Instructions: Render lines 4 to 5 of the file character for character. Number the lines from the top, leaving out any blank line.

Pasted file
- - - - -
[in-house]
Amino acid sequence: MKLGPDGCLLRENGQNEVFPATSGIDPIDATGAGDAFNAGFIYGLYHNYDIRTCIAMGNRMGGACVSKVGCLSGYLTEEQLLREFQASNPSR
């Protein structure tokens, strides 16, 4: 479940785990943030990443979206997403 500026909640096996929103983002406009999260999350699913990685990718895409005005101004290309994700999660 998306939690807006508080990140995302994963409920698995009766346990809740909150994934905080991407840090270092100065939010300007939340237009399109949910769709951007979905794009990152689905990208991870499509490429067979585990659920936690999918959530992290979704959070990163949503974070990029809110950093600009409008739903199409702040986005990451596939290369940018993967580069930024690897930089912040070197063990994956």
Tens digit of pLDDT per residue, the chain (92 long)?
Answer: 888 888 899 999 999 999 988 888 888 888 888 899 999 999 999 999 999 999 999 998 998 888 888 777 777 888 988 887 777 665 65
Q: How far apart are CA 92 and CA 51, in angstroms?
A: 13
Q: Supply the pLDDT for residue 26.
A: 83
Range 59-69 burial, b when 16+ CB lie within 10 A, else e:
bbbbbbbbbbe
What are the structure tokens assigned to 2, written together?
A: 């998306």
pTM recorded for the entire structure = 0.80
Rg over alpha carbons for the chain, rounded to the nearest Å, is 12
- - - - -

Tens digit of pLDDT per residue, the chain (92 long)?
Answer: 888 888 899 999 999 999 988 888 888 888 888 899 999 999 999 999 999 999 999 998 998 888 888 777 777 888 988 887 777 665 65